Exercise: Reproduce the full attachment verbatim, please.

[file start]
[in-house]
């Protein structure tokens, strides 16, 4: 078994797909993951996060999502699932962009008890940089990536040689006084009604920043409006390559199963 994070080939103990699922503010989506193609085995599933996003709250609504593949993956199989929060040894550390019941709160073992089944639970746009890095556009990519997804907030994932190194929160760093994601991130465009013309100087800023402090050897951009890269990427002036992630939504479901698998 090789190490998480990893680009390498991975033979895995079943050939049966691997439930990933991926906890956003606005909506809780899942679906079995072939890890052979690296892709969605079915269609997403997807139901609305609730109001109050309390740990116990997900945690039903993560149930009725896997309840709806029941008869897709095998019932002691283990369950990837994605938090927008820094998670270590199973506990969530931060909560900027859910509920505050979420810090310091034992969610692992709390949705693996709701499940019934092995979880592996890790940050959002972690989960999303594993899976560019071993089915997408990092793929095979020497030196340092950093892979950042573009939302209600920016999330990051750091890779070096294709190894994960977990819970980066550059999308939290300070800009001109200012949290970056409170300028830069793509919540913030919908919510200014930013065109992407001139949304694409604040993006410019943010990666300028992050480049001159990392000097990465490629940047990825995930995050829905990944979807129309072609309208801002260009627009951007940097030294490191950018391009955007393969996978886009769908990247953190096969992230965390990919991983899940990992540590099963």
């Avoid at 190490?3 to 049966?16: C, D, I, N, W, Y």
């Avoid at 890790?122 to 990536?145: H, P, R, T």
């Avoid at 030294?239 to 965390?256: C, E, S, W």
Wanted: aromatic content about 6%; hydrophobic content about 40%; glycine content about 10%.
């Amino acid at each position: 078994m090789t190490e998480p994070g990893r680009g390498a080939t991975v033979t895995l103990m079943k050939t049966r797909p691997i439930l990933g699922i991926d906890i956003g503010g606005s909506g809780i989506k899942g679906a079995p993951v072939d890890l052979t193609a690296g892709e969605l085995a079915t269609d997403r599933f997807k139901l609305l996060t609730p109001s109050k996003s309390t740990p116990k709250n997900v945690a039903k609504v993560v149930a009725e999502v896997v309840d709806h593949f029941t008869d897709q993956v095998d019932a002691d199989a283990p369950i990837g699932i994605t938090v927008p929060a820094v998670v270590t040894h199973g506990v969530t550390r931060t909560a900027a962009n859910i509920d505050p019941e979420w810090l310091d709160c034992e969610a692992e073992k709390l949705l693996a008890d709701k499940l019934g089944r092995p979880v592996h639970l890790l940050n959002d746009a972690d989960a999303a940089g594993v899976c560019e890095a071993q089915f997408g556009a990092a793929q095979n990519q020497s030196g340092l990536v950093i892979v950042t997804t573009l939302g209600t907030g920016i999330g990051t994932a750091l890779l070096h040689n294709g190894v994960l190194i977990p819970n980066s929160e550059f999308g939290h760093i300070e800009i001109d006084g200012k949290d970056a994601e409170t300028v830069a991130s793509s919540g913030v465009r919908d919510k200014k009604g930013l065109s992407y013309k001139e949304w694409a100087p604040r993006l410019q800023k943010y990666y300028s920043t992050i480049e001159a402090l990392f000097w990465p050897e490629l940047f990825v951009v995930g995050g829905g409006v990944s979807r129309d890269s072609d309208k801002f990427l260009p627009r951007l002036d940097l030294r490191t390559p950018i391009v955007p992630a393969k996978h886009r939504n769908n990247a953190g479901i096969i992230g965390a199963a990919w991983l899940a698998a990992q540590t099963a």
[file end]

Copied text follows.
[in-house]
């Protein structure tokens, strides 16, 4: 078994797909993951996060999502699932962009008890940089990536040689006084009604920043409006390559199963 994070080939103990699922503010989506193609085995599933996003709250609504593949993956199989929060040894550390019941709160073992089944639970746009890095556009990519997804907030994932190194929160760093994601991130465009013309100087800023402090050897951009890269990427002036992630939504479901698998 090789190490998480990893680009390498991975033979895995079943050939049966691997439930990933991926906890956003606005909506809780899942679906079995072939890890052979690296892709969605079915269609997403997807139901609305609730109001109050309390740990116990997900945690039903993560149930009725896997309840709806029941008869897709095998019932002691283990369950990837994605938090927008820094998670270590199973506990969530931060909560900027859910509920505050979420810090310091034992969610692992709390949705693996709701499940019934092995979880592996890790940050959002972690989960999303594993899976560019071993089915997408990092793929095979020497030196340092950093892979950042573009939302209600920016999330990051750091890779070096294709190894994960977990819970980066550059999308939290300070800009001109200012949290970056409170300028830069793509919540913030919908919510200014930013065109992407001139949304694409604040993006410019943010990666300028992050480049001159990392000097990465490629940047990825995930995050829905990944979807129309072609309208801002260009627009951007940097030294490191950018391009955007393969996978886009769908990247953190096969992230965390990919991983899940990992540590099963």
């Avoid at 190490?3 to 049966?16: C, D, I, N, W, Y």
């Avoid at 890790?122 to 990536?145: H, P, R, T």
């Avoid at 030294?239 to 965390?256: C, E, S, W």
Wanted: aromatic content about 6%; hydrophobic content about 40%; glycine content about 10%.
């Amino acid at each position: 078994m090789t190490e998480p994070g990893r680009g390498a080939t991975v033979t895995l103990m079943k050939t049966r797909p691997i439930l990933g699922i991926d906890i956003g503010g606005s909506g809780i989506k899942g679906a079995p993951v072939d890890l052979t193609a690296g892709e969605l085995a079915t269609d997403r599933f997807k139901l609305l996060t609730p109001s109050k996003s309390t740990p116990k709250n997900v945690a039903k609504v993560v149930a009725e999502v896997v309840d709806h593949f029941t008869d897709q993956v095998d019932a002691d199989a283990p369950i990837g699932i994605t938090v927008p929060a820094v998670v270590t040894h199973g506990v969530t550390r931060t909560a900027a962009n859910i509920d505050p019941e979420w810090l310091d709160c034992e969610a692992e073992k709390l949705l693996a008890d709701k499940l019934g089944r092995p979880v592996h639970l890790l940050n959002d746009a972690d989960a999303a940089g594993v899976c560019e890095a071993q089915f997408g556009a990092a793929q095979n990519q020497s030196g340092l990536v950093i892979v950042t997804t573009l939302g209600t907030g920016i999330g990051t994932a750091l890779l070096h040689n294709g190894v994960l190194i977990p819970n980066s929160e550059f999308g939290h760093i300070e800009i001109d006084g200012k949290d970056a994601e409170t300028v830069a991130s793509s919540g913030v465009r919908d919510k200014k009604g930013l065109s992407y013309k001139e949304w694409a100087p604040r993006l410019q800023k943010y990666y300028s920043t992050i480049e001159a402090l990392f000097w990465p050897e490629l940047f990825v951009v995930g995050g829905g409006v990944s979807r129309d890269s072609d309208k801002f990427l260009p627009r951007l002036d940097l030294r490191t390559p950018i391009v955007p992630a393969k996978h886009r939504n769908n990247a953190g479901i096969i992230g965390a199963a990919w991983l899940a698998a990992q540590t099963a």